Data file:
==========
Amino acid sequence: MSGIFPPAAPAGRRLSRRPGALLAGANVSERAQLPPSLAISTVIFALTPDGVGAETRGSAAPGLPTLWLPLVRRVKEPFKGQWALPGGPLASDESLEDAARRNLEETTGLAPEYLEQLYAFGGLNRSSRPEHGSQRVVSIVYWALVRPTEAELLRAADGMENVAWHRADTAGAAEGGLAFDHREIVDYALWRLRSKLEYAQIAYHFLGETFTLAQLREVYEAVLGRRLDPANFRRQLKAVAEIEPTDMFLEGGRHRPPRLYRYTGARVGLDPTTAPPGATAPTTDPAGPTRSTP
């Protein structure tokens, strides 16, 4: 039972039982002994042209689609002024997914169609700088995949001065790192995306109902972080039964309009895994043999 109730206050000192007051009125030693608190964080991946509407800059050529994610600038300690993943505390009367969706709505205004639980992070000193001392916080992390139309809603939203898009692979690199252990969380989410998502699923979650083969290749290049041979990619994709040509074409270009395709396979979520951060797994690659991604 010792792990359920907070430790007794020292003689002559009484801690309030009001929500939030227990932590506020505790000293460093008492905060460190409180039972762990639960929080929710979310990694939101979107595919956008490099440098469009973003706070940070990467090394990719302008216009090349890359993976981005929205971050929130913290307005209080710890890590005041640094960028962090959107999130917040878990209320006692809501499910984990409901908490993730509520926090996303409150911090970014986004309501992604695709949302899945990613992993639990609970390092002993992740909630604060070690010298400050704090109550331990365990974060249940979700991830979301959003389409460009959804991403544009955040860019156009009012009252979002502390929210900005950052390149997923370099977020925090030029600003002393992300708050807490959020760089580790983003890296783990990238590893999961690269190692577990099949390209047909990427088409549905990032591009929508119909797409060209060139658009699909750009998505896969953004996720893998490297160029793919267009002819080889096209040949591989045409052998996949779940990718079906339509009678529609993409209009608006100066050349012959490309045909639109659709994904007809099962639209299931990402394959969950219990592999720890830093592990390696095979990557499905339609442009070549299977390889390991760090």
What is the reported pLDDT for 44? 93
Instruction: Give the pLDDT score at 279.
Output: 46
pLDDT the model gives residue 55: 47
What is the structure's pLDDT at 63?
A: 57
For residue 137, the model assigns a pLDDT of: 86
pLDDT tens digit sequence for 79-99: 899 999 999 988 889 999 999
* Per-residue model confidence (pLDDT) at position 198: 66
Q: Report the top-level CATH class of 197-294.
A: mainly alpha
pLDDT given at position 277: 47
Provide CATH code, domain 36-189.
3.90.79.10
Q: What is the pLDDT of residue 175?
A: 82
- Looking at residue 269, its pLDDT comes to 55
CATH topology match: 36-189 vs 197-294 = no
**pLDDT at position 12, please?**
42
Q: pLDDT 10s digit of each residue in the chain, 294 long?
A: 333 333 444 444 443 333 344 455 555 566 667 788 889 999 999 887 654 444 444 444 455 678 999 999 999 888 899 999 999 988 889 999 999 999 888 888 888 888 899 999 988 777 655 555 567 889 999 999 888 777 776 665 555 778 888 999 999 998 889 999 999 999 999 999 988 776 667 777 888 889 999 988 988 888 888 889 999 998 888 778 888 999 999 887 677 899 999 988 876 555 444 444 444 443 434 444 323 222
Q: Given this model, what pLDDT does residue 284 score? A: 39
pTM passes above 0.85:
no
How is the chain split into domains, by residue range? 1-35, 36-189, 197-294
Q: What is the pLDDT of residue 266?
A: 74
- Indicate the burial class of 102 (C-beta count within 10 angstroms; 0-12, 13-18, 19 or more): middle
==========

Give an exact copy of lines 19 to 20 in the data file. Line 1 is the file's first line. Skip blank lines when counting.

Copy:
- Looking at residue 269, its pLDDT comes to 55
CATH topology match: 36-189 vs 197-294 = no